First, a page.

Vaccinating

iVillage Member
Registered: 02-16-2008
Vaccinating
5
Thu, 03-15-2012 - 1:28pm

I strongly encourage EVERYONE to do their own research and come to your own conclusions about anything--in this case, vaccines seem to be the hot topic. That way, you've decided if you should vaccinate fully on schedule, follow a delayed schedule, or not vaccinate at all.

In my case, DS is fully vaccinated. I have a cousin with a genetic syndrome, and even a common cold could turn deadly for her. I can't bring myself to take the chance that we could pass something to her (and she's vaccinated as well). She currently needs a liver transplant but her heart can't handle it. She needs another heart surgery, but her lungs can't handle it. Something like whooping cough would kill her. Our family vaccinates. I have nothing against people who choose not to. It just isn't the right choice for our family.

I will add that I'm scared of the Gardasil vaccine. I still fall into the age group who should have it/get it, but I haven't.

by sara photo sigbysara.jpg
iVillage Member
Registered: 04-29-2008
In reply to: cavenyee
Thu, 03-15-2012 - 2:08pm
My husband and I made the choice to vaccinate our child. I agree with you regarding the Gardasil vaccine. I have read to many scary things regarding the life long side effects of Gardasi.
Monica
Lilypie Kids Birthday tickers
iVillage Member
Registered: 08-10-1999
In reply to: cavenyee
Thu, 03-15-2012 - 6:39pm
There is a reason people vaccinate... polio, rubella etc., these diseases are not to be taken lightly. The more people who don't vaccinate, the higher risk for outbreaks and disease mutations which could become vaccine/medicine resistant.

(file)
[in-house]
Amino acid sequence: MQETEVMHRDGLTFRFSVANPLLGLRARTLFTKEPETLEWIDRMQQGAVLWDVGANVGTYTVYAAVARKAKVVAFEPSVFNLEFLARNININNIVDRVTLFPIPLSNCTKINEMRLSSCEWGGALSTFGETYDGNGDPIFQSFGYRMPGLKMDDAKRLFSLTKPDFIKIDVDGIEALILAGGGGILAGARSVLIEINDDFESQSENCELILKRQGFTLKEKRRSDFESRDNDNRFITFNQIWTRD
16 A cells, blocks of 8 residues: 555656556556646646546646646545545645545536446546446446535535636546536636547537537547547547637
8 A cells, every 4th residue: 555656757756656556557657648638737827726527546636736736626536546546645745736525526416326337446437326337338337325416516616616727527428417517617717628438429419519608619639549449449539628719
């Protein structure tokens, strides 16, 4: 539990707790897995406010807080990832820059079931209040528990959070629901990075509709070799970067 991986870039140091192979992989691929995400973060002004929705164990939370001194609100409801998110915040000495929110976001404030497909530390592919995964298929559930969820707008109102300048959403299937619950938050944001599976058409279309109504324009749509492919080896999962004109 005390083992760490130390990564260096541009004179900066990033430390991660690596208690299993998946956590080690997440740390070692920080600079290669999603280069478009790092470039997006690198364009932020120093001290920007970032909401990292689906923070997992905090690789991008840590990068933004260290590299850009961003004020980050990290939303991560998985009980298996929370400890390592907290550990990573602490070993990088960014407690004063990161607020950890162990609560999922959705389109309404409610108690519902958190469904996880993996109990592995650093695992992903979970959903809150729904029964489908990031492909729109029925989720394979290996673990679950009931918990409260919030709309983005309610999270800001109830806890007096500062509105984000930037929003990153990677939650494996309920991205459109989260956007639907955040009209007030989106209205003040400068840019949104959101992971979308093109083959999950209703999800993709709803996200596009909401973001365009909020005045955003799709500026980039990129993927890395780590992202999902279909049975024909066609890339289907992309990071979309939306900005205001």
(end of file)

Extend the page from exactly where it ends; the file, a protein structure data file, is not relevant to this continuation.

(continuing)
That said, I do have friends whose children have had severe reactions to vaccinations. If you know that your family is more likely to react then talk to your doctors. They can space out the vaccines, they can help you plan what will be best for your family.

If you have an allergic reaction to an antibiotic that doesn't mean you never take an antibiotic again; just because you are allergic to one doesn't mean you are allergic to all. The same holds for vaccines... if you can space out the vaccinations you will find the ones that your family is sensitive to and you can go from there. There are ways to "detox" from a vaccine reaction. It is irresponsible to carte blanche refuse to vaccinate.

And I view it as slightly hypocritical because you are banking on everyone vaccinating to keep your children safe.

 


 


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iVillage Member
Registered: 03-07-2012
In reply to: cavenyee
Thu, 03-15-2012 - 6:50pm
We vaccinate, large part is school requirements. If the public schools were decent, we'd reconsider, but it's private for us so vaccinations are required.

Done my research and we do what is best for us.
Community Leader
Registered: 02-06-2006
In reply to: cavenyee
Fri, 03-16-2012 - 11:19am
Courtney - I agree with your post completely.

And the argument that vaxers shouldn't care what non-vaxers do, because we have the immunity from the vaccines anyway is bs. It does matter to me that the most defenseless and frail among us (newborns, the elderly, immune comprised individuals, etc.) are more likely to fall ill & die from these utterly preventable diseases as the non-vaccinated population rises.

I think we are too far removed, generation-wise, for people to have a true understanding of the horrors of the some of the diseases we've essentially eradicated from the general population through vaccinations. We never had to see children slowly choking to death and/or living in iron lung machines when polio paralzyed their chest muscles. We didn't live during the time when our president was in a wheelchair because polio had destroyed his ability to walk. We've never seen someone with blue skin & his neck swollen to larger than the size of his face from diptheria. None of us are partnered with men who, or will have to tell our sons some day that they, cannot have children because mumps rendered them sterile.

I DO question the amount of vaccines we now give children, the necessity of some of them (like flu, gardasil and chicken pox), but to just dismiss them out of hand as evil and like, some sort of conspiracy is insanity.

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iVillage Member
Registered: 09-08-2011
In reply to: cavenyee
Fri, 03-23-2012 - 5:09pm

We do vaccines.

Momma to:
Madelyn, February 26, 2001
Aaron, January 2, 2005
Baby #3, October 2, 2012